Liver disease stats show Milton Keynes could be a city of excess boozers

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More support for those struggling with alcohol is desperately needed, say experts.

There were more hospital admissions for liver disease in Milton Keynes last year, new figures show.

The charity Alcohol Change said tens of thousands of people are affected by alcohol-related harm every year. It added preventative measures and support for those struggling with alcohol is urgently needed.

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It comes as figures from the Office for Health Improvement and Disparities show hospital admissions for liver disease across England remain at a record high, with about 85,665 recorded in the year to March 2023 – up 51% from 10 years prior.

The NHS recommends no more than 14 units of alcohol should be drunk in a week. That's six medium glasses of wineThe NHS recommends no more than 14 units of alcohol should be drunk in a week. That's six medium glasses of wine
The NHS recommends no more than 14 units of alcohol should be drunk in a week. That's six medium glasses of wine

In Milton Keynes, there were some 295 hospital admissions for liver disease in 2022-23, up from 255 the year before.

It was also an increase from 185 hospital admissions in 2012-13.

All figures are rounded to the nearest five.

Excessive alcohol consumption is one of the main drivers of liver disease, but it can also be caused by other factors, including obesity, diabetes and hepatitis.

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Dr Richard Piper, chief executive of Alcohol Change UK, said: "Hospital admissions related to liver disease remain at an all-time high. We’re also seeing continuing problems right across our health system, from GPs to A&E, from liver wards to cancer wards to alcohol treatment services.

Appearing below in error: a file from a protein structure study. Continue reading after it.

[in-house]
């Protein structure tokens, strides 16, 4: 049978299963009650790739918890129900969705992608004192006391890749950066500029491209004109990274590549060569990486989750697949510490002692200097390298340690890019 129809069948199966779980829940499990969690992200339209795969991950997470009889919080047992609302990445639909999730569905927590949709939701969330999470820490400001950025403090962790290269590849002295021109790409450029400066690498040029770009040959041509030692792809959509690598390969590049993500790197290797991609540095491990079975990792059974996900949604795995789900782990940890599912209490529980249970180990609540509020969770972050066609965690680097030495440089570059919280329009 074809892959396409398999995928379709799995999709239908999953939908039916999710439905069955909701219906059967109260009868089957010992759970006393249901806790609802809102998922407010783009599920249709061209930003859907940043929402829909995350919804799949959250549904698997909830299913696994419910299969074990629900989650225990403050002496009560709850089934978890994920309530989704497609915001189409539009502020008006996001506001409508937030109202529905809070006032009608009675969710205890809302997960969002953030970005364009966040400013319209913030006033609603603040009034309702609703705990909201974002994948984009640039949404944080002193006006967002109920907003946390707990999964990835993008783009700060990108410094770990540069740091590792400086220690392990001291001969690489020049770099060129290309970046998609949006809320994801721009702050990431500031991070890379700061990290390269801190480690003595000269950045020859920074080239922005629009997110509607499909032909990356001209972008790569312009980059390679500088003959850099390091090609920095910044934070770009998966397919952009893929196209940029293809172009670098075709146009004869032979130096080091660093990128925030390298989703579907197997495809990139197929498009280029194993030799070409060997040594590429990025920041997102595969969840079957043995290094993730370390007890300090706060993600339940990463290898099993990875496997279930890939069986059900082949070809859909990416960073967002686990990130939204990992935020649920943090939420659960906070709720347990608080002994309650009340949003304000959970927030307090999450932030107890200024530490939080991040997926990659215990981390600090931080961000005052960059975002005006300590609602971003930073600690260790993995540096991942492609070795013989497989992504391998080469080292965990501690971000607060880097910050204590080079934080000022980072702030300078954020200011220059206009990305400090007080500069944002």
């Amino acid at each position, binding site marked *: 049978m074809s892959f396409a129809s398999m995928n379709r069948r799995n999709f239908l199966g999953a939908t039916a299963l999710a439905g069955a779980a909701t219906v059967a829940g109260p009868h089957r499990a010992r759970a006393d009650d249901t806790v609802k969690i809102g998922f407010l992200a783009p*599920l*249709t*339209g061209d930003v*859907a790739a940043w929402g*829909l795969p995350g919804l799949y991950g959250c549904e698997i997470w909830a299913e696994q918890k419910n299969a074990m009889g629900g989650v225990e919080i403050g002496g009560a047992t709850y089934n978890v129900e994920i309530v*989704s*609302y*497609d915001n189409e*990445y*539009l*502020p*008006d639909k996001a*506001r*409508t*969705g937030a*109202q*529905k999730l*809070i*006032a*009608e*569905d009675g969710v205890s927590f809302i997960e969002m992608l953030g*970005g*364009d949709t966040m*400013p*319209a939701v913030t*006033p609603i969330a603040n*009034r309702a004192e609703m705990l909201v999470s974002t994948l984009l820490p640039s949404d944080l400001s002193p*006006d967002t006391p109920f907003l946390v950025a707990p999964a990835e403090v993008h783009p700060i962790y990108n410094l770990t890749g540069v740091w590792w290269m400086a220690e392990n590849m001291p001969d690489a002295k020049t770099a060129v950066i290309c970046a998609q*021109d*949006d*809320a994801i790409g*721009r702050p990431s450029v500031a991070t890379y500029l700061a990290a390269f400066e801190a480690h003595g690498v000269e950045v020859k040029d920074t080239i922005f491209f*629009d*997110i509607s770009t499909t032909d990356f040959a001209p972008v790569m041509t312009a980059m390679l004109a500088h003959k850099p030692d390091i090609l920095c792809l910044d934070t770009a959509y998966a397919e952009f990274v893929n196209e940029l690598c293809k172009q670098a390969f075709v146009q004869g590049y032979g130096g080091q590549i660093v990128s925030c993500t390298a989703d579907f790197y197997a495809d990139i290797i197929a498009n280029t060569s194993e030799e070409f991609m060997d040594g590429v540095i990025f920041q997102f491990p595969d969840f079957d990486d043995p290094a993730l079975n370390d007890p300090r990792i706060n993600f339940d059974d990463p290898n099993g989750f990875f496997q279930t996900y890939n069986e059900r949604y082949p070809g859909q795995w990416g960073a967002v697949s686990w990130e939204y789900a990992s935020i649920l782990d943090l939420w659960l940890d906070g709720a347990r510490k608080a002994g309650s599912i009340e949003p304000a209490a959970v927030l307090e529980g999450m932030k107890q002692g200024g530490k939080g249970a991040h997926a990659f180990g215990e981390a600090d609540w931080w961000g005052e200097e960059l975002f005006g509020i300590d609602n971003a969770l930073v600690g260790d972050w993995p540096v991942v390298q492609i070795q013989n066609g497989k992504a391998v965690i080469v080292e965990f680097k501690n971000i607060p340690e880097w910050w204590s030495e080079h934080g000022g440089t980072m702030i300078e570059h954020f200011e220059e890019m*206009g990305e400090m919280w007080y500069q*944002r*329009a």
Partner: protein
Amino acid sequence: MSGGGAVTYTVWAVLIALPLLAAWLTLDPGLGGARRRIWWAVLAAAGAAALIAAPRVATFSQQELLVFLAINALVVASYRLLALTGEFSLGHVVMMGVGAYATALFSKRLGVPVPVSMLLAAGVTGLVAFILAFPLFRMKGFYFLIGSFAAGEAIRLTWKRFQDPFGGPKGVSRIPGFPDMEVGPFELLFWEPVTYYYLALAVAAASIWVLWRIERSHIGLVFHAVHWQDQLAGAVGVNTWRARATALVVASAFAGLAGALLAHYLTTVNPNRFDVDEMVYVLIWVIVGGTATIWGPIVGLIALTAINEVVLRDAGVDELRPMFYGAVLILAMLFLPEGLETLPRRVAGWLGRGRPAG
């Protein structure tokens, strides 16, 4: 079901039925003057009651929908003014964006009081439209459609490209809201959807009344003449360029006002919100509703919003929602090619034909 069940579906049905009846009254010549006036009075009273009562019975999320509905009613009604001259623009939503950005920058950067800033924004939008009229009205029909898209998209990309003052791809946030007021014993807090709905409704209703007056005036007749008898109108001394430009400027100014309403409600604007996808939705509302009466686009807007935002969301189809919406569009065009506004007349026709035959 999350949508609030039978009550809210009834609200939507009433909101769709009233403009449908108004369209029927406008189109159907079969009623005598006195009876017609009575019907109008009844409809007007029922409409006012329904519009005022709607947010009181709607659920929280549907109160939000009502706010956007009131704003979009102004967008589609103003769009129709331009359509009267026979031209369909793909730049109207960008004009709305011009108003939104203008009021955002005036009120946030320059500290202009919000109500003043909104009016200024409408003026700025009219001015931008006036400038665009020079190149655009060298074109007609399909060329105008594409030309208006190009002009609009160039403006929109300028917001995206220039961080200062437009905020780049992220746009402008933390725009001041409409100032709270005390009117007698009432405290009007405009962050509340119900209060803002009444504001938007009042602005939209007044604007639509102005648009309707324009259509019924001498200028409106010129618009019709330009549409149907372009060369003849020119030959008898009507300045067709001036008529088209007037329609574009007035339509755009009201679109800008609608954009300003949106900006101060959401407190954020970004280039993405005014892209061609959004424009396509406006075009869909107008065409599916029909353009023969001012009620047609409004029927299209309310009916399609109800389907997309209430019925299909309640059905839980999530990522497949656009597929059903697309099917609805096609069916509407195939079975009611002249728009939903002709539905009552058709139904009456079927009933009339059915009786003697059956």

"The health harms caused by alcohol are affecting tens of thousands of people every year. The heartbreaking thing is that all of this suffering is totally avoidable."

Of the hospital admissions across England last year, 27,085 had a primary diagnosis of alcoholic liver disease. This included 85 in Milton Keynes.

Dr Piper added: "There is an urgent need to offer high-quality treatment and support for all those who are struggling with their alcohol consumption."

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He said preventative measures like minimum unit pricing and restrictions on alcohol marketing can stop people reaching the stage where they must attend hospital.

"We can have a society that keeps the fun but without the harm, and we need politicians to wake up to this," he added.

The OHID data also shows the mortality rate for liver disease has worsened.

Nationally, there were 31,221 deaths due to liver disease among under 75-year-olds across 2020-2022. It equated to a mortality rate of 21.1 per 100,000 people.

It is the highest rate since records began in 2001.

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In Milton Keynes, 123 deaths were linked to liver disease across 2020-22. It meant the area had a mortality rate of 17.6 per 100,000.

A Department of Health and Social Care spokesperson said: "The Government is taking firm action on the causes of liver disease by ensuring people are given clear and accurate advice about the potential risks of alcohol and guidelines alcohol consumption.

"In addition, through our 10-year alcohol and drug strategy, supported by £532 million, we are helping up to 54,500 more people receive drug and alcohol support, and we are also funding specialist alcohol care teams at one in four hospitals in England."

The NHS recommends people should drink no more than 14 units of alcohol a week, spread across three days or more. That's around six medium (175ml) glasses of wine, or 6 pints of 4% beer.

"There's no completely safe level of drinking, but sticking within these guidelines lowers your risk of harming your health,” said a spokeperson.